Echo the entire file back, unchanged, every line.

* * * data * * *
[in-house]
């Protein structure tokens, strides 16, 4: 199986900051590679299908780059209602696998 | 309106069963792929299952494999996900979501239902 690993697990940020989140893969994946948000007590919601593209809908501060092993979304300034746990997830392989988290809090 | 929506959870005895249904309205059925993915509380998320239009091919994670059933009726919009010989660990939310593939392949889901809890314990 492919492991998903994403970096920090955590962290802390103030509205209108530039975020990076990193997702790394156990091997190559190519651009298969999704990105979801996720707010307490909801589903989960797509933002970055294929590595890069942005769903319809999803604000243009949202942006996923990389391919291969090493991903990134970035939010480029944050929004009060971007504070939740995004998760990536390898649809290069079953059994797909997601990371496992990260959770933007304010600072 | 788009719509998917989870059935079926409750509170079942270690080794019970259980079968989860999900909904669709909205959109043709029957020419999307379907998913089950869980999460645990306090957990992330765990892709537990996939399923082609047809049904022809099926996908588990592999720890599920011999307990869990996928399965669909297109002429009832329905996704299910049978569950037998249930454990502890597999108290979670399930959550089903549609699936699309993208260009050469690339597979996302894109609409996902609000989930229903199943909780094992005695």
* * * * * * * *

[in-house]
């Protein structure tokens, strides 16, 4: 199986900051590679299908780059209602696998 | 309106069963792929299952494999996900979501239902 690993697990940020989140893969994946948000007590919601593209809908501060092993979304300034746990997830392989988290809090 | 929506959870005895249904309205059925993915509380998320239009091919994670059933009726919009010989660990939310593939392949889901809890314990 492919492991998903994403970096920090955590962290802390103030509205209108530039975020990076990193997702790394156990091997190559190519651009298969999704990105979801996720707010307490909801589903989960797509933002970055294929590595890069942005769903319809999803604000243009949202942006996923990389391919291969090493991903990134970035939010480029944050929004009060971007504070939740995004998760990536390898649809290069079953059994797909997601990371496992990260959770933007304010600072 | 788009719509998917989870059935079926409750509170079942270690080794019970259980079968989860999900909904669709909205959109043709029957020419999307379907998913089950869980999460645990306090957990992330765990892709537990996939399923082609047809049904022809099926996908588990592999720890599920011999307990869990996928399965669909297109002429009832329905996704299910049978569950037998249930454990502890597999108290979670399930959550089903549609699936699309993208260009050469690339597979996302894109609409996902609000989930229903199943909780094992005695």